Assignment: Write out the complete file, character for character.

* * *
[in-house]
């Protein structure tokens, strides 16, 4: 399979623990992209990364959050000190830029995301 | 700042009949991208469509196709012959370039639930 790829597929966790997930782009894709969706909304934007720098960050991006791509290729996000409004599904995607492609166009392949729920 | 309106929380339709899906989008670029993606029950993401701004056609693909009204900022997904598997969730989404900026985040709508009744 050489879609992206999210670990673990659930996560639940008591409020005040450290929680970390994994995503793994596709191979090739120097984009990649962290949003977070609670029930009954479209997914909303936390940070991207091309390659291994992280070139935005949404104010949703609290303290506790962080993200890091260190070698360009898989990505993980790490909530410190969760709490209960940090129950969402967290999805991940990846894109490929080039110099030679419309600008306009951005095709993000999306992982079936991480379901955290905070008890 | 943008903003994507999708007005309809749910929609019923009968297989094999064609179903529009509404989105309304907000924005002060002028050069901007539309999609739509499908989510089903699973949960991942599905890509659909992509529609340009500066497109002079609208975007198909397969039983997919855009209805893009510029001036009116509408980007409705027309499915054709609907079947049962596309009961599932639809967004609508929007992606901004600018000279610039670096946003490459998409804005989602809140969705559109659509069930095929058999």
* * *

[in-house]
């Protein structure tokens, strides 16, 4: 399979623990992209990364959050000190830029995301 | 700042009949991208469509196709012959370039639930 790829597929966790997930782009894709969706909304934007720098960050991006791509290729996000409004599904995607492609166009392949729920 | 309106929380339709899906989008670029993606029950993401701004056609693909009204900022997904598997969730989404900026985040709508009744 050489879609992206999210670990673990659930996560639940008591409020005040450290929680970390994994995503793994596709191979090739120097984009990649962290949003977070609670029930009954479209997914909303936390940070991207091309390659291994992280070139935005949404104010949703609290303290506790962080993200890091260190070698360009898989990505993980790490909530410190969760709490209960940090129950969402967290999805991940990846894109490929080039110099030679419309600008306009951005095709993000999306992982079936991480379901955290905070008890 | 943008903003994507999708007005309809749910929609019923009968297989094999064609179903529009509404989105309304907000924005002060002028050069901007539309999609739509499908989510089903699973949960991942599905890509659909992509529609340009500066497109002079609208975007198909397969039983997919855009209805893009510029001036009116509408980007409705027309499915054709609907079947049962596309009961599932639809967004609508929007992606901004600018000279610039670096946003490459998409804005989602809140969705559109659509069930095929058999």